In praise of cheap keyboards
I’m typing this with a keyboard that is cheap and looks cheap. And I’m loving it.
My appreciation for cheap keyboards began with my first Chromebook, an Acer C720 I got to learn and explore chromeOS. I loved the device so much I switched to using chromeOS as my only desktop operating system. Back then my daily driver was an i3 ASUS Chromebox 2 hooked to a Logitech K120 full travel keyboard from my last PC.
With the Chromebox as the main desktop machine, I put aside the Chromebook for a while. But something later motivated me to play more with the Chromebook: its keyboard.
The screen of the Acer C720 has notoriously poor viewing angles. But I realized I could improve legibility by setting the Chromebook on a slightly taller desk, which made the viewing angle optimal. This led me to use the device more and appreciate its chiclet keyboard with good feedback.
To have a similar experience on the ASUS Chromebox 2 I used at the time, I bought the only low profile chiclet unit I found that provided the extended Italian layout with accented letters I wanted, an Atlantis Chocolate 1300 wired keyboard. It was cheap and came from a little known manufacturer, but worked great. I began enjoying typing on the Chromebox more and more.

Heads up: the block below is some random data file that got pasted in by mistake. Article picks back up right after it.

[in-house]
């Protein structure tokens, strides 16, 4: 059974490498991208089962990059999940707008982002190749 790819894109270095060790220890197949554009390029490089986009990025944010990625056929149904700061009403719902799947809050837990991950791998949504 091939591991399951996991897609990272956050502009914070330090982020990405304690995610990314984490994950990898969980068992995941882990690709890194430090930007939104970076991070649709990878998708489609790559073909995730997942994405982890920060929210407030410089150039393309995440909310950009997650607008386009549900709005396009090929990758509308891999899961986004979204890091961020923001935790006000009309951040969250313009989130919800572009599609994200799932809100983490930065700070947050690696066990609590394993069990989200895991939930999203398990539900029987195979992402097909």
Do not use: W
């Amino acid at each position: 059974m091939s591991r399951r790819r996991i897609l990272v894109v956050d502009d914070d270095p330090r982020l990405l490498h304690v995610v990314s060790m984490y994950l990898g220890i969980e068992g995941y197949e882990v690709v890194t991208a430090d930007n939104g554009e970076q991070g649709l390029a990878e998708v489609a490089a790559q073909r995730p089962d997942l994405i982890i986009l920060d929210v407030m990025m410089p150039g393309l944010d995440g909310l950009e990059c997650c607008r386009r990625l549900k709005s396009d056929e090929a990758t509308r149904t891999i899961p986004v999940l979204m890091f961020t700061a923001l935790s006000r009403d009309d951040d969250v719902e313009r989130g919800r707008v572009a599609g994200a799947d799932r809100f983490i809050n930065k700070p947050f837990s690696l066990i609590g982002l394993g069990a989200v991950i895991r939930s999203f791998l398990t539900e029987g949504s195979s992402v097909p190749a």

When I upgraded to my current i7 ASUS Chromebox 3, I plugged the Atlantis keyboard into it. However, its cable and that of the mouse contributed to the mess on my desk, so I replaced the input devices with wireless units. I bought a Logitech M220 mouse and, again, the only low profile chiclet keyboard with the required layout I found, this Nilox Kt40W:
The keyboard cost me all of €14.69. Besides being cheap and from an unknown brand, the plastic finish and feel make it also look cheap.
But I really enjoy using the Nilox keyboard.
Pressing the keys makes a clunky noise, a satisfying kind of clunky with a pleasant feedback. At first the pressure of the keys felt hard, slightly more than the Atlantis. But I eventually got used to the keyboard and came to love it.